Lookup operations between pandas dataframes

Hi fellow dataquesters,
hope to find you all well.

It’s been a while since I have been posting here but this is because after recently switching jobs I am swimming in data all day, so it’s harder for me to keep up the learning pace. :slight_smile:

Nevertheless today I faced a data challenge that I was somehow able to solve, but I fear my solution was very verbose and unclean, thus I’d like to pose the question to you all looking for a pythonic way of solving it.
Here we go:

I have a starting dataframe that has just two columns: country and driving distance. Each row is an observation. You can create a sample as follows:

sample = {'country': {0: 'FR', 1: 'FR', 2: 'GB', 3: 'GB', 4: 'FR'},
 'driving_distance': {0: 989.0, 1: 2541.0, 2: 12301.0, 3: 4620.0, 4: 18000.0}}
data = pd.DataFrame.from_dict(sample)

I need to scan the values of this table against a lookup table I am fetching from a MySql database, that appears in the following shape:

cr = {'id': {0: 1, 1: 2, 2: 3, 3: 4, 4: 5, 5: 6},
 'country': {0: 'FR', 1: 'FR', 2: 'FR', 3: 'GB', 4: 'GB', 5: 'GB'},
 'currency': {0: 'EUR', 1: 'EUR', 2: 'EUR', 3: 'PND', 4: 'PND', 5: 'PND'},
 'lower_bound': {0: 10000.0,
  1: 20000.0,
  2: 25000.0,
  3: 8000.0,
  4: 15000.0,
  5: 20000.0},
 'upper_bound': {0: 20000.0,
  1: 25000.0,
  2: 999000.0,
  3: 15000.0,
  4: 20000.0,
  5: 999000.0},
 'payout': {0: 2.0, 1: 3.0, 2: 5.0, 3: 5.0, 4: 7.0, 5: 10.0}}

lkp_table = pd.DataFrame.from_dict(cr)

My desired result is to basically retrieve the payout information from the second table and merge it to the first one, so that for each driving_distance value, I am sure that:

  • it looks at the right table partition (same country value)
  • gets the payout value of the corresponding band, basically ensuring that driving_distance falls within the two values of lower_bound / upper_bound
  • if driving_distance is < smaller value in the lookup table, it shoul return 0.

The end result would eventually be like this:

result = {'country': {0: 'FR', 1: 'FR', 2: 'FR', 3: 'GB', 4: 'GB'},
 'driving_distance': {0: 989.0, 1: 2541.0, 2: 18000.0, 3: 12301.0, 4: 4620.0},
 'payout': {0: 0.0, 1: 0.0, 2: 2.0, 3: 5.0, 4: 0.0},
 'currency': {0: 'EUR', 1: 'EUR', 2: 'EUR', 3: 'ZTL', 4: 'ZTL'}}

end = pd.DataFrame.from_dict(result)

This is the output of my solution which relies on a combination of for iterrows(), nested loops and if conditions. looks so-so to me but works, yet it rearranges the whole dataframe by setting first all rows of one country the all the rows of the other country.
I would be happy if you could share your thoughts on the topic with me!
Many thanks,
N

Gentle bump to top :slight_smile:

Hi!
I´m just a learner, so maybe my solution won´t be the most effective one, but still it seems to be a working one.


def lookup(country, distance):
    #filter the lkp_table by country
    lkp_country = lkp[lkp['country']==country]
    
    # check if distance lies in range of all available intervals (it´s necessary for the correct functioning of .get_loc() later on)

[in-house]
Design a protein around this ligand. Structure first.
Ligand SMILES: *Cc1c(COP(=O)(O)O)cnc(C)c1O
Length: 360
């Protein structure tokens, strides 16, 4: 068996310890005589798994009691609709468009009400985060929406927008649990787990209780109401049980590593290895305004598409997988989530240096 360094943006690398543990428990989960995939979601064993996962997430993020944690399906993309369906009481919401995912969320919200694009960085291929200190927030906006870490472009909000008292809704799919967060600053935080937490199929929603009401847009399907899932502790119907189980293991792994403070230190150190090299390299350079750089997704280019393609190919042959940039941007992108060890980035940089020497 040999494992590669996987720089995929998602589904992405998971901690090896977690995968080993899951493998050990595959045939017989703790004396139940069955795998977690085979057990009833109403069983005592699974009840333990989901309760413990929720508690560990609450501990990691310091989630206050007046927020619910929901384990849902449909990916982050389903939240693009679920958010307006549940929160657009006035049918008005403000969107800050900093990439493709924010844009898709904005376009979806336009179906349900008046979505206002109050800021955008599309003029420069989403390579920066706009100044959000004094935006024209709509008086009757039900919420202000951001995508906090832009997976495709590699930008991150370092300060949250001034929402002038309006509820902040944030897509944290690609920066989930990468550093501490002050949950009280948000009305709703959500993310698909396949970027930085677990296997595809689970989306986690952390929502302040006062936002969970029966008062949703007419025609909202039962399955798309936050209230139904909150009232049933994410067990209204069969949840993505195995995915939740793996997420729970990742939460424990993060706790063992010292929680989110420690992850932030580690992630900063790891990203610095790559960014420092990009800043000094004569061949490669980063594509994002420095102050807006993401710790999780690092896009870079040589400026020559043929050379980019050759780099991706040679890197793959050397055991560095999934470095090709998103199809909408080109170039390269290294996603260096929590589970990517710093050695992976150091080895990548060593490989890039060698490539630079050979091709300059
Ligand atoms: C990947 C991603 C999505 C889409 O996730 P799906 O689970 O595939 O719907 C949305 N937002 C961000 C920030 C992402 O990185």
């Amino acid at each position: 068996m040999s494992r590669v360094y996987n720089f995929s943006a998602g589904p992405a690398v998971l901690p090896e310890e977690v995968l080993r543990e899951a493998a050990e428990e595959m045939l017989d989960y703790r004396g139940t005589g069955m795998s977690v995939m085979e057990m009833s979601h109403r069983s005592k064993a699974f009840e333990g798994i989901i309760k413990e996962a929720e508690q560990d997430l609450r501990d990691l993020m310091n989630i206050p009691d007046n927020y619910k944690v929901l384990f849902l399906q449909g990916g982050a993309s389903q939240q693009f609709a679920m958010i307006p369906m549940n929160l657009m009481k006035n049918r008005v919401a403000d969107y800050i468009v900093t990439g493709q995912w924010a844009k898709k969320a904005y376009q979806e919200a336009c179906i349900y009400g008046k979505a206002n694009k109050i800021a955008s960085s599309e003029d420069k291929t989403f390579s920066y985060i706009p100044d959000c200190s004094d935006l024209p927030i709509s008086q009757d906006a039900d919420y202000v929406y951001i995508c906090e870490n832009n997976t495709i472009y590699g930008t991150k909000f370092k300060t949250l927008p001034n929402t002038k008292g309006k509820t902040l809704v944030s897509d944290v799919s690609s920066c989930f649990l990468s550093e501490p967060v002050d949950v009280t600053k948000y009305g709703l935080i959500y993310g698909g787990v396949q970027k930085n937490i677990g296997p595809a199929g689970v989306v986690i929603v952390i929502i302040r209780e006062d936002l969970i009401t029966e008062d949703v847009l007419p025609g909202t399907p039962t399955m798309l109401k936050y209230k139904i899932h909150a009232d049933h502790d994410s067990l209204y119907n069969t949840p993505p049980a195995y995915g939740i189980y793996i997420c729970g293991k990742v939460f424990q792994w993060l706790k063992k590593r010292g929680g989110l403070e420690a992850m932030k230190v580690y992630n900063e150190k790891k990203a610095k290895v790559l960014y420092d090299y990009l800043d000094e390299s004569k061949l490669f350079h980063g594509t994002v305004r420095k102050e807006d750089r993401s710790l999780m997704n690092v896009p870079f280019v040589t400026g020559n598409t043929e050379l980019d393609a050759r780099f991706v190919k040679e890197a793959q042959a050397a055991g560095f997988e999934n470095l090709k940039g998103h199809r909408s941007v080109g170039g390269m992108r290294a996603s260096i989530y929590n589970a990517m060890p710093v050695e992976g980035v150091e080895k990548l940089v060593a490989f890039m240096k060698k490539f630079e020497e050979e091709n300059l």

if lkp_country['lower_bound'].min() <= distance <= lkp_country['upper_bound'].max():
        #create an index of intervals availables for a country
        idx=pd.IntervalIndex.from_arrays(lkp_country['lower_bound'], lkp_country['upper_bound'])
        return lkp_country.iloc[idx.get_loc(distance)]['payout']   
    else:
        return 0.0
        
data['payout'] = np.vectorize(lookup)(data['country'], data['driving_distance'])

idx.get_loc(distance) returns the numeric index of the interval in which the distance value falls, that´s why .iloc() is used for selecting the necessary row.

You can specify closed parameter in pd.IntervalIndex.from_arrays() to make the intervals closed on the left-side, right-side, both or neither as per the documentation. By default they are closed on the right-side.

According to this and this StackOverflow threads in theory it should have a good performance on large data frames.

Let me know later if it works on the original data and if it´s something you were looking for :slight_smile:

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Hi Ksenia, thanks for taking a look into this and pointing out some references, this is a brillant solution, thanks! I was not familiar with IntervalIndex. Out of curiosity, is there a specific reason why you went for np.vectorize other than pandas apply?

And what would have been your solution if you had to go with apply?

Whenever I need to apply to a series functions with multiple arguments (possibly coming from different sources) I always find it difficult to digest :frowning:

You are welcome! It´s been a good practice exercise for me.

The same happens to me. Actually I found the np.vectorize() method yesterday looking for a way to apply a function that takes arguments from 2 different columns. And generally it´s recommended to avoid .apply() method if it´s possible to use a vectorized operation because it´s not the fastest one. But if I were to use the apply it would look something like this:

data['payout'] = data.apply(lambda row: lookup(row['country'], row['driving_distance']), axis = 1)

Check the last link in my previous message, they do discuss various ways to apply functions with 2 different columns as arguments and their performance in terms of time need to complete the operation. np.vectorize() has got one of the best results.

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